Anti-Chinese riots in Vietnam have turned deadly. At least five Vietnamese workers and 16 others have been killed within the past day in an eruption of tensions in the region.
The riots began as peaceful demonstrations over the weekend that were encouraged by the Vietnamese government. Vietnamese were protesting China’s decision to build an oil rig in disputed maritime territory west of the Paracel Islands in the South China Sea. China controls the islands — but they are claimed by Vietnam, as they fall within the country’s exclusive maritime economic zone.
Rioters have burned and looted a number of factories in South Vietnam believing that they were Chinese, although many were actually Taiwanese or South Korean owned. So far, about 400 rioters have been detained by police.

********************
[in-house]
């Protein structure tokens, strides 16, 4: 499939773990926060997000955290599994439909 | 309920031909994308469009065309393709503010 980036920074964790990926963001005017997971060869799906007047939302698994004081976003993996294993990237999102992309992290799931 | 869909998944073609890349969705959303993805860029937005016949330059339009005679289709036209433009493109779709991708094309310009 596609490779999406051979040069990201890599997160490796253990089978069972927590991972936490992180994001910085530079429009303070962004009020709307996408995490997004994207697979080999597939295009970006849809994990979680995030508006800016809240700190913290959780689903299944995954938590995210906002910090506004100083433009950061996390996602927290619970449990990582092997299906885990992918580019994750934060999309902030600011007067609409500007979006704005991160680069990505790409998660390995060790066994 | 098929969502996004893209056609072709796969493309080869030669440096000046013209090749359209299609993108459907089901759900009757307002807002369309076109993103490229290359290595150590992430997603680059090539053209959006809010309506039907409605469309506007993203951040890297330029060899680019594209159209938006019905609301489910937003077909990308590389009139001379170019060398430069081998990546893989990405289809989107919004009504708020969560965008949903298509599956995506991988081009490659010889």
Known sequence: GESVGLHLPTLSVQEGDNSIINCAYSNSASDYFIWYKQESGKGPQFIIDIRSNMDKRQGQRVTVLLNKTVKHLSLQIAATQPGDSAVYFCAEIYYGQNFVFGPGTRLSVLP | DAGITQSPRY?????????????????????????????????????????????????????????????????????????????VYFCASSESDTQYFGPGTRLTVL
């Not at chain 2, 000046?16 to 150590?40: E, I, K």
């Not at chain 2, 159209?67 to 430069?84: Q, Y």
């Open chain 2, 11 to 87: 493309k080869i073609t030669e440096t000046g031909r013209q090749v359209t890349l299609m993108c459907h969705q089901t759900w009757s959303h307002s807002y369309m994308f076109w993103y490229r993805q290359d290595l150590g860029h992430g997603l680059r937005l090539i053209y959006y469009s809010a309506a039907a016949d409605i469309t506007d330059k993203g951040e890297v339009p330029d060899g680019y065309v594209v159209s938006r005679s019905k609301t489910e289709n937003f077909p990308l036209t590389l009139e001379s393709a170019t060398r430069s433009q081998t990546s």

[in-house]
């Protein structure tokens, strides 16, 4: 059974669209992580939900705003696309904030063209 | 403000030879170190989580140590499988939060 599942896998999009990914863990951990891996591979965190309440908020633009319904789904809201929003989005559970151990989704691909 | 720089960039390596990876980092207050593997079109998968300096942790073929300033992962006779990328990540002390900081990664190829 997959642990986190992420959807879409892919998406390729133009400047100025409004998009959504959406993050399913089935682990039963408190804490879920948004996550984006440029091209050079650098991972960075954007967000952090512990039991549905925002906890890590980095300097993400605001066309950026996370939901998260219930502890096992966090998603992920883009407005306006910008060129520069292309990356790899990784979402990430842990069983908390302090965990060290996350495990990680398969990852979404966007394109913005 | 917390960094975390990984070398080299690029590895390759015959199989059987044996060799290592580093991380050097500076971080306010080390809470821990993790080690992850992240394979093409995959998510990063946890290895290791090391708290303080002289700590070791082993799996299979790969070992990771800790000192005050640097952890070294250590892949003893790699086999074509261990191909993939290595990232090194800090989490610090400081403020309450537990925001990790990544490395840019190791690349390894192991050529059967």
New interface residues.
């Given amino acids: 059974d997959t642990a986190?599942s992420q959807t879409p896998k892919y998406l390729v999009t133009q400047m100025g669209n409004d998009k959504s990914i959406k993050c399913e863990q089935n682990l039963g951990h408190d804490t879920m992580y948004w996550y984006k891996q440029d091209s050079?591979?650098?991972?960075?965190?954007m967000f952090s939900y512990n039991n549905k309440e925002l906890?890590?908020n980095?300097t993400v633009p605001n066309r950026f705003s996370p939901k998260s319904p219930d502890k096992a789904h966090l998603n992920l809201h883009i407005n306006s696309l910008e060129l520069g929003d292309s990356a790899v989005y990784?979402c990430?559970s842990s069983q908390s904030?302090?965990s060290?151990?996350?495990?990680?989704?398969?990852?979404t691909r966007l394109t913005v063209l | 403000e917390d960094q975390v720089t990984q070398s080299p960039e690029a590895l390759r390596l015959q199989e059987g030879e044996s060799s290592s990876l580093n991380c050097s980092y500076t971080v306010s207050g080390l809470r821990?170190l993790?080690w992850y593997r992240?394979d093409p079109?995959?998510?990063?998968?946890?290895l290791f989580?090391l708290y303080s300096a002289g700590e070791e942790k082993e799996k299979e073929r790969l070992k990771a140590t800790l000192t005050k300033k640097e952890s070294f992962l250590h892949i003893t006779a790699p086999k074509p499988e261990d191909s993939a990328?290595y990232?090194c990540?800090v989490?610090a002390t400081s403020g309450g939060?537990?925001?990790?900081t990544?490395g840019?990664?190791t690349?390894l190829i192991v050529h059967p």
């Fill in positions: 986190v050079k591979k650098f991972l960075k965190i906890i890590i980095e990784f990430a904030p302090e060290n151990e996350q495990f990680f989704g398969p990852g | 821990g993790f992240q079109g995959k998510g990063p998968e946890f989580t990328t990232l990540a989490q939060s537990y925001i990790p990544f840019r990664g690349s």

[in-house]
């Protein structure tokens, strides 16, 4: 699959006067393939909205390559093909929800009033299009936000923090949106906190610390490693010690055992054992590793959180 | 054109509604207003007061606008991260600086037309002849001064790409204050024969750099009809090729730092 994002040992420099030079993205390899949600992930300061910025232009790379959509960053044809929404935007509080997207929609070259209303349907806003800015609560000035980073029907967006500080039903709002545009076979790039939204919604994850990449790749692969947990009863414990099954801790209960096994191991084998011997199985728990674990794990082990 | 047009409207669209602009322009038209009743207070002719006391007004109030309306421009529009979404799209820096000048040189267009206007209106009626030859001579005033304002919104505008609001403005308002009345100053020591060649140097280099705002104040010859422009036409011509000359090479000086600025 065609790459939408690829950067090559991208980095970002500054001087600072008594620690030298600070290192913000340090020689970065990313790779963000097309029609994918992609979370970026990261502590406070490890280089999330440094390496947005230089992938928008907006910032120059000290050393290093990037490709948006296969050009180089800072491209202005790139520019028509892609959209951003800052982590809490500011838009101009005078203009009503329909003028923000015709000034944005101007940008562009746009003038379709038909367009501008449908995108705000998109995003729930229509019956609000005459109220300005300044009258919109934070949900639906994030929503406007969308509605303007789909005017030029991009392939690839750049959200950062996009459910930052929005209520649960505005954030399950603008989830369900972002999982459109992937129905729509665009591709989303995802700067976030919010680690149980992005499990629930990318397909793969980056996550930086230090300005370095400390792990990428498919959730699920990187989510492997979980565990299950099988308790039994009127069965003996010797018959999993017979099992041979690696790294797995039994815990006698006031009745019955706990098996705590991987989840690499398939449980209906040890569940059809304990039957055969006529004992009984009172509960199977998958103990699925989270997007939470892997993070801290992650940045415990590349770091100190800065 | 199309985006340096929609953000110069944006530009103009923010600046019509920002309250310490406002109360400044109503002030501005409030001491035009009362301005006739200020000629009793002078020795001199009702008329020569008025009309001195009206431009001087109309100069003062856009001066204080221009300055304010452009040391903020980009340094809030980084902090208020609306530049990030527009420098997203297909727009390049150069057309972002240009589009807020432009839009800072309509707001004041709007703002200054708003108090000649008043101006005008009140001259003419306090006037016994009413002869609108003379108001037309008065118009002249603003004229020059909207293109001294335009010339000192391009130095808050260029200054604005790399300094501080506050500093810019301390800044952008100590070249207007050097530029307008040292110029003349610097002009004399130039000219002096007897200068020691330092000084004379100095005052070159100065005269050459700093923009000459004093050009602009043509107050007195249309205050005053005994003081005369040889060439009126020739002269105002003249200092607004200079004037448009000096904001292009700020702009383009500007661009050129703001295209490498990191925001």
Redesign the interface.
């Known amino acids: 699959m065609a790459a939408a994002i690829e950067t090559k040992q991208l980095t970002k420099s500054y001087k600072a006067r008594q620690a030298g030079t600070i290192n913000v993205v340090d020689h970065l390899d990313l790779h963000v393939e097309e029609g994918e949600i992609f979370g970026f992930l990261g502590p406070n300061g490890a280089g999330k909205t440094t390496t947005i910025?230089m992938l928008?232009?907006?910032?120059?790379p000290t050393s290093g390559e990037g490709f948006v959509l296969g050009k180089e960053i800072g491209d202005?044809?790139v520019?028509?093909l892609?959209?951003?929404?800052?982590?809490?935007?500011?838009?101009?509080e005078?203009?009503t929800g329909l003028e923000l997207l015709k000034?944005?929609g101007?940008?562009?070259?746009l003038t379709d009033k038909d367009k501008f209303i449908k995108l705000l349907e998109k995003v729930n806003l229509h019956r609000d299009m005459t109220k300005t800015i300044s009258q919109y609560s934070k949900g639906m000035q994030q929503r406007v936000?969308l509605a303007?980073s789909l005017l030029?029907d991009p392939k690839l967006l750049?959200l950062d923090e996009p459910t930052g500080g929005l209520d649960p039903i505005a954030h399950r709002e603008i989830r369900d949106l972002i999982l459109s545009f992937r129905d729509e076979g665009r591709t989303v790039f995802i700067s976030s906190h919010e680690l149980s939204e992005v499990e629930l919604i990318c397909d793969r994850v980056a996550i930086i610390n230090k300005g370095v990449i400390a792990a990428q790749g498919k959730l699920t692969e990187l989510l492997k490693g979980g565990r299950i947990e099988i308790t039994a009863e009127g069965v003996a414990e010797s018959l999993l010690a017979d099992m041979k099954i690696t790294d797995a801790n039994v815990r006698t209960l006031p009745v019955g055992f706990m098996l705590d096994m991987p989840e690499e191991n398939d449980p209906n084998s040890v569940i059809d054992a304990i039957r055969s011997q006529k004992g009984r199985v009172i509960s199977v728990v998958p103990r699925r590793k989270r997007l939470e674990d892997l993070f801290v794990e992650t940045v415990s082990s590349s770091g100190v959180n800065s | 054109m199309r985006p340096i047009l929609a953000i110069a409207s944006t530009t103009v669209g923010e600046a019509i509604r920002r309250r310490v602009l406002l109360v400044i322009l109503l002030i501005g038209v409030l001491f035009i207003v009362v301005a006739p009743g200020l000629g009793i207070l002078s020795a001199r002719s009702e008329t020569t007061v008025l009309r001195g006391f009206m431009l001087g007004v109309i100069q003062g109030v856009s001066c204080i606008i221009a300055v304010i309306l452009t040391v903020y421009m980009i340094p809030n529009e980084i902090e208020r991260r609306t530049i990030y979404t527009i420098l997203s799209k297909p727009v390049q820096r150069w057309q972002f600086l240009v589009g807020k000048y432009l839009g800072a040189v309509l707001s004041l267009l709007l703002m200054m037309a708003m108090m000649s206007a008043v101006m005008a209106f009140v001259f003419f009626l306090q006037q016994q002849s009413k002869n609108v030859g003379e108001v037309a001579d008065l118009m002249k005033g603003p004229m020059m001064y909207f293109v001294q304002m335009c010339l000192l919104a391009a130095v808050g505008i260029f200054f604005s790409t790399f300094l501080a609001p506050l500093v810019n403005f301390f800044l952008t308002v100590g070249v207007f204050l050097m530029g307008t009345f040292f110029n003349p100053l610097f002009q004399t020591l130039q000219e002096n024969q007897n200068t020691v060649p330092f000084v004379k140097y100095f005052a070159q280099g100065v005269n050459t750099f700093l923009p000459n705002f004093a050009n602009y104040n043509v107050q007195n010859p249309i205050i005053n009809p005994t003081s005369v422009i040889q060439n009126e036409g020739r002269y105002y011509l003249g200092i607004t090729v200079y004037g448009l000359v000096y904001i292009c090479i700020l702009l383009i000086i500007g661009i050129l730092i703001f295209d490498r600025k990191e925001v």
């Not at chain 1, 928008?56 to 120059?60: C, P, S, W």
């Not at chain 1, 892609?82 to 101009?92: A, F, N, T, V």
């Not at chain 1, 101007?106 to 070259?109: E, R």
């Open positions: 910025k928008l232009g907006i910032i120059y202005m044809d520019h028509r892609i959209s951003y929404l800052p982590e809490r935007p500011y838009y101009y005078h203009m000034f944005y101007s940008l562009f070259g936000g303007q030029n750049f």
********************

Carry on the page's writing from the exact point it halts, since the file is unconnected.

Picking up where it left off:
Thousands of Chinese and Taiwanese have fled Vietnam so far. And Cambodian police report that at least 600 Chinese business people and tourists have fled across the border into Cambodia to escape possible violence.
The Chinese oil rig has brought anti-Chinese feelings, long dormant, to the surface. Many Vietnamese still harbor anger toward China after the two countries fought a border war in 1979 that killed thousands. The two countries again fought a brief skirmish in 1988 over the Spratly Islands in which at least 70 Vietnamese sailors were killed.
China has become increasingly aggressive recently, as it seeks to expand its influence beyond its accepted borders and into the South China Sea. The Philippines have claimed China is building a possible airstrip on a disputed reef, and Vietnamese and Philippine ships have clashed with Chinese vessels in the past.
The United States has called Chinese action in the Sea “provocative.” The Philippines have offered the U.S. a naval base on one of its western islands in an attempt to counteract Chinese actions in the region.
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